Writer/director/producer Boots Riley brings the same absurdist social commentary from his first feature film, Sorry to Bother You, to the small screen with this comedy. Jharrel Jerome (who won an Emmy for his performance in When They See Us) stars as 13-foot-tall young Black man in Oakland, California. Not much else has been revealed about the plot, but if Sorry to Bother You is any indication, there will be plenty of unpredictable twists and turns along the way. Brett Gray, Kara Young, Allius Barnes, Olivia Washington, Walton Goggins, Mike Epps, and Carmen Ejogo also star. In February 2022, Riley told Deadline, “Our cast is hard as hell. Our cast slaps everyone else’s cast around on the playground. Sorry. I’ve spoken with the principal about this and there’s nothing more I can do.”

    Mrs. Davis (Peacock)

    The official description for this Damon Lindelof-produced sci-fi drama is simple: “Mrs. Davis is the world’s most powerful Artificial Intelligence. Simone is the nun devoted to destroying Her. Who ya got?” Betty Gilpin stars as Simone, likely pulling out some of her GLOW moves while kicking a robot’s butt. Joining her to take down the AI is Margo Martindale as Sister Simone’s Mother Superior, Jake McDorman as Simone’s ex, and a stacked ensemble that includes Andy McQueen, David Arquette, Elizabeth Marvel, Katja Herbers, Chris Diamantopoulos, Ashley Romans, Tom Wlaschiha, and Mathilde Ollivier.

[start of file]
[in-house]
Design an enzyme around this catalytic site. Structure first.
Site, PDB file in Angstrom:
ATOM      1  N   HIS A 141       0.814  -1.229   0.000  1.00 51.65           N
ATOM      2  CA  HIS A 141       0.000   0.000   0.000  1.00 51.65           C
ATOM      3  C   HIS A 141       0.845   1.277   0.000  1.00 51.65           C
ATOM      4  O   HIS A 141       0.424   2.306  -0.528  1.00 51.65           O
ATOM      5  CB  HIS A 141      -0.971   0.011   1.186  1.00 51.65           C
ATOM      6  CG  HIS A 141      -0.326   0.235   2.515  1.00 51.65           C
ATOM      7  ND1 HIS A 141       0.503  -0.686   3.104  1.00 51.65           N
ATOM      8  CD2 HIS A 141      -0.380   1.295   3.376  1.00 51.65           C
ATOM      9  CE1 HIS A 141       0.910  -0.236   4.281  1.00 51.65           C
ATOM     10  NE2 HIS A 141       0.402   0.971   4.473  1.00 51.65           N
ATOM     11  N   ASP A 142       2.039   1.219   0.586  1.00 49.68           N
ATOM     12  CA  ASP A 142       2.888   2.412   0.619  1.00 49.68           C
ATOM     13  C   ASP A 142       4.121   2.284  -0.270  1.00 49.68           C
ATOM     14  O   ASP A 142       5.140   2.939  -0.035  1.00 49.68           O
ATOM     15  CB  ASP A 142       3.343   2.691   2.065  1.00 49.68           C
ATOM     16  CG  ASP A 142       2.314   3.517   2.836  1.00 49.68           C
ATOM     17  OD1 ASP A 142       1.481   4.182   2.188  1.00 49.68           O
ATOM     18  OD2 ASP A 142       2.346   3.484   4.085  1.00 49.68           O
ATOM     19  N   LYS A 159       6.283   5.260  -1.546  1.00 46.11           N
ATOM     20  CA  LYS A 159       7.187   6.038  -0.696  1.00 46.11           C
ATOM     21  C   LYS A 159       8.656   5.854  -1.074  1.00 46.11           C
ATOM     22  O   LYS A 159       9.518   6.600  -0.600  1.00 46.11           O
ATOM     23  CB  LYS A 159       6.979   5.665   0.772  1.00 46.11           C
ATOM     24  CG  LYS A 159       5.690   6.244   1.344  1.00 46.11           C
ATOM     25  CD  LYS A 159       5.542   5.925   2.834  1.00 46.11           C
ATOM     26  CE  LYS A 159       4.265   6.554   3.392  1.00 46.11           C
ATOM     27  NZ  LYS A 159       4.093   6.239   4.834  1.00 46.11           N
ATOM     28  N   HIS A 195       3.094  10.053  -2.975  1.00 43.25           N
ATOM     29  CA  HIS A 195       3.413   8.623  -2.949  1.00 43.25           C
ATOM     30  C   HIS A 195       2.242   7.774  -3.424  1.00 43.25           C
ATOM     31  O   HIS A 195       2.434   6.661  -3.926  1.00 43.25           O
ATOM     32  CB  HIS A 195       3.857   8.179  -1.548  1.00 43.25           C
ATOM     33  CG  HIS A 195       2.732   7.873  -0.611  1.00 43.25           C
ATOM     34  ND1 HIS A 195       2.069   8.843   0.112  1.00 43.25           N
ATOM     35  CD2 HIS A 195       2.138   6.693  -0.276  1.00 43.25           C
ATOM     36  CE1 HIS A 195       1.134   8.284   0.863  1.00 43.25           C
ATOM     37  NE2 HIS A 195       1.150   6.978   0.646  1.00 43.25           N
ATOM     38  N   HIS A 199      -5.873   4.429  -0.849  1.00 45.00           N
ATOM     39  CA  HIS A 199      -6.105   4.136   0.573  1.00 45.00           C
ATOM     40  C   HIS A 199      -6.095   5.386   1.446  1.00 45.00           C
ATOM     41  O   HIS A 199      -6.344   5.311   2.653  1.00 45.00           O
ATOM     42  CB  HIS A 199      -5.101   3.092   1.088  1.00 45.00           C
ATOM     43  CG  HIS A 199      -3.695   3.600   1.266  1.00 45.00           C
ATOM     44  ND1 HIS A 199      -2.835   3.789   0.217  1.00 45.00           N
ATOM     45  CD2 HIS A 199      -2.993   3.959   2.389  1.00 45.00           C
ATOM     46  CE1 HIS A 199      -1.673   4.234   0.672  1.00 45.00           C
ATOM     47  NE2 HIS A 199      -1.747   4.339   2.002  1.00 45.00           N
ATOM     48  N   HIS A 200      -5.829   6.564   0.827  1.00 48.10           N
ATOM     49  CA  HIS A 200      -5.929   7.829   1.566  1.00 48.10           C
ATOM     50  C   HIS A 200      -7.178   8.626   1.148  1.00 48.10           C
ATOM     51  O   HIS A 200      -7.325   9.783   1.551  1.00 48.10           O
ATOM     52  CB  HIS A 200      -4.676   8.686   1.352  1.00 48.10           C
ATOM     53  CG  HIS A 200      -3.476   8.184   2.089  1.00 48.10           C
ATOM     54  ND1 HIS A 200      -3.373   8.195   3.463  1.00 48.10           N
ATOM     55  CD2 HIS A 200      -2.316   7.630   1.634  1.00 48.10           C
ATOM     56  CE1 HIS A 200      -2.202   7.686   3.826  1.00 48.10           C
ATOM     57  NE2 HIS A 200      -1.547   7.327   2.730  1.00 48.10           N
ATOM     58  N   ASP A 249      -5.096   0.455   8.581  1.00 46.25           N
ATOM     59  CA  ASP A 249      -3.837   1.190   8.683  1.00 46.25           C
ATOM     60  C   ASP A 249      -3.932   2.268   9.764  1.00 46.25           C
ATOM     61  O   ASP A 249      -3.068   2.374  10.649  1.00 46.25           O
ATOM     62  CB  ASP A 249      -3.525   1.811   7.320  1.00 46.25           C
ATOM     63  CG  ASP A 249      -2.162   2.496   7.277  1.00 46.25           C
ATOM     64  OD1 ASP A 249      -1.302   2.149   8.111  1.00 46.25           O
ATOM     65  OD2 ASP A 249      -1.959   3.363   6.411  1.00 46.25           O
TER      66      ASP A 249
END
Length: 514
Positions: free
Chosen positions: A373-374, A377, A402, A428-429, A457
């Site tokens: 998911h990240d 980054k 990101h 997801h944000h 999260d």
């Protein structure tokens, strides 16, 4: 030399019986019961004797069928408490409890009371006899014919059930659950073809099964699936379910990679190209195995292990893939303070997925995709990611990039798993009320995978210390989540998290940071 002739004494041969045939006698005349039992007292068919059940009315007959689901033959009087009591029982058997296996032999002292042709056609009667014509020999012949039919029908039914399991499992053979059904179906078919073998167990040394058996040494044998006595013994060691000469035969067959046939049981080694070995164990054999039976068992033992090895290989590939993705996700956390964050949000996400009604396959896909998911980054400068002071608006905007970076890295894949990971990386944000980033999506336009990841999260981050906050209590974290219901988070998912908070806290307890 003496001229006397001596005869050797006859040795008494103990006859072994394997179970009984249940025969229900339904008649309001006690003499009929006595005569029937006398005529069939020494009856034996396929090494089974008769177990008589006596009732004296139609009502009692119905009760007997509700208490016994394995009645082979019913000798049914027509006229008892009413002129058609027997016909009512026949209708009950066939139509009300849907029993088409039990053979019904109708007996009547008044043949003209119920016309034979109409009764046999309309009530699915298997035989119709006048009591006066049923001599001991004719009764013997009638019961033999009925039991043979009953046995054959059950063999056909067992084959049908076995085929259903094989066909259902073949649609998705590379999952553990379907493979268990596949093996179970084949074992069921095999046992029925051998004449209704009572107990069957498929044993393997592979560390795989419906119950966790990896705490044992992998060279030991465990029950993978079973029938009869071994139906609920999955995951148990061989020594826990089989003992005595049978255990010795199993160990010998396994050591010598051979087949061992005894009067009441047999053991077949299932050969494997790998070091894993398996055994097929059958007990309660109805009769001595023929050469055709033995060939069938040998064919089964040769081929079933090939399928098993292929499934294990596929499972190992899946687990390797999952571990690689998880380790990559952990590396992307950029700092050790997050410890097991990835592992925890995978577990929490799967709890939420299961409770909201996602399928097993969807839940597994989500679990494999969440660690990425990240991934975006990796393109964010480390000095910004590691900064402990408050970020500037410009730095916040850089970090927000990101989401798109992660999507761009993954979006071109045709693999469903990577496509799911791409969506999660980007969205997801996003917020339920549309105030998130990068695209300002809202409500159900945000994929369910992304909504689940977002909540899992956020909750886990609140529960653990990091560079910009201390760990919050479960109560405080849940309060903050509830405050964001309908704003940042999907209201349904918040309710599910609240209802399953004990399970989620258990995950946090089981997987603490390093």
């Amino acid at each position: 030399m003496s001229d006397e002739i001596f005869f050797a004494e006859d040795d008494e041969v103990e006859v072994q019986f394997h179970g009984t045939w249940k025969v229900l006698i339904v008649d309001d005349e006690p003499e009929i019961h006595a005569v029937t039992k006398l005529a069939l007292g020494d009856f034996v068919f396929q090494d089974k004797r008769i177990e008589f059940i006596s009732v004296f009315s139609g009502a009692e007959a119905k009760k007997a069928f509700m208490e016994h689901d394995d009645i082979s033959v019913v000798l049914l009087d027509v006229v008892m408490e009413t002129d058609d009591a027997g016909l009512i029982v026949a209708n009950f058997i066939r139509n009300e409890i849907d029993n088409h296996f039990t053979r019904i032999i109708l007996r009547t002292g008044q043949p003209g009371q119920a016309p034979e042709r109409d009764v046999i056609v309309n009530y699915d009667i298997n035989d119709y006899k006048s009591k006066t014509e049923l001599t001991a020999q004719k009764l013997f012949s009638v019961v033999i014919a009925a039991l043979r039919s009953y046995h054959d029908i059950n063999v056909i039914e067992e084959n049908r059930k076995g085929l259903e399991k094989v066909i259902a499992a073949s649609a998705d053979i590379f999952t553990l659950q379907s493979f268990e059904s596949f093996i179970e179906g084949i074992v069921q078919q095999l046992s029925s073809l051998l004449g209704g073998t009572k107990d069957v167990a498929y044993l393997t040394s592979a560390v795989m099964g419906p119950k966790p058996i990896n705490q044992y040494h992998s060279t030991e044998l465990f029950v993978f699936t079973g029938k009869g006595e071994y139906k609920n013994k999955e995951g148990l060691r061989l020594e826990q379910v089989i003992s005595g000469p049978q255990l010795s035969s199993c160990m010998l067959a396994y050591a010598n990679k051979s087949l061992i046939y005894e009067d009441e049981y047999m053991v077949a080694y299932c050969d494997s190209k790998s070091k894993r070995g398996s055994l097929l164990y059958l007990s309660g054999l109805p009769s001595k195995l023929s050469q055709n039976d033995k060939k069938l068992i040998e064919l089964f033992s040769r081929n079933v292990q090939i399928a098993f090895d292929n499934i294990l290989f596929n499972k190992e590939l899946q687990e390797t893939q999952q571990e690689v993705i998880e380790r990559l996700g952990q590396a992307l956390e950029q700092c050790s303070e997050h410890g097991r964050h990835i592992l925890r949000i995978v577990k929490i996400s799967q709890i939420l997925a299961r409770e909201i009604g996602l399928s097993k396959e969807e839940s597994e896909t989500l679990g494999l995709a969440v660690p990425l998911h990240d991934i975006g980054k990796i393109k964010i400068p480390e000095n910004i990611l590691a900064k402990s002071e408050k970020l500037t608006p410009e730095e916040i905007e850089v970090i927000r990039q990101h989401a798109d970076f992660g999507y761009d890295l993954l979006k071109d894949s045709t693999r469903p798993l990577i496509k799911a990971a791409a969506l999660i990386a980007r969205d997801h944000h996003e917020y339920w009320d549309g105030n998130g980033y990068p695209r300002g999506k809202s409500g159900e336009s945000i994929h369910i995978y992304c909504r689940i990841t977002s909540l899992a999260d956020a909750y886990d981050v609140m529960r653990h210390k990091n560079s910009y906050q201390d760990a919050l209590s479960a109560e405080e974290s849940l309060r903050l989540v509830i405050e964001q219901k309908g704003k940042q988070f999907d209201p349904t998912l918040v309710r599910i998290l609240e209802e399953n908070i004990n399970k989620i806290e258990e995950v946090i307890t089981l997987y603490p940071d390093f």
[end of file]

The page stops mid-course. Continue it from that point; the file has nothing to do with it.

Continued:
Lucky Hank (AMC)

    Bob Odenkirk is back on AMC, trading in the role of crooked lawyer Saul Goodman for college English department chairman William Henry Devereaux, Jr. The drama from Aaron Zelman (Silicon Valley) and Paul Lieberstein (The Office) is based on the 1997 Richard Russo novel Straight Man, and follows Devereaux as he navigates his mid-life crisis while working at an underfunded university. Mireille Enos (The Killing) stars as his wife Lily, and Olivia Scott Welch, Diedrich Bader, Suzanne Cryer, Sara Amini, and Cedric Yarbrough round out the supporting cast.

    A Small Light (Disney+)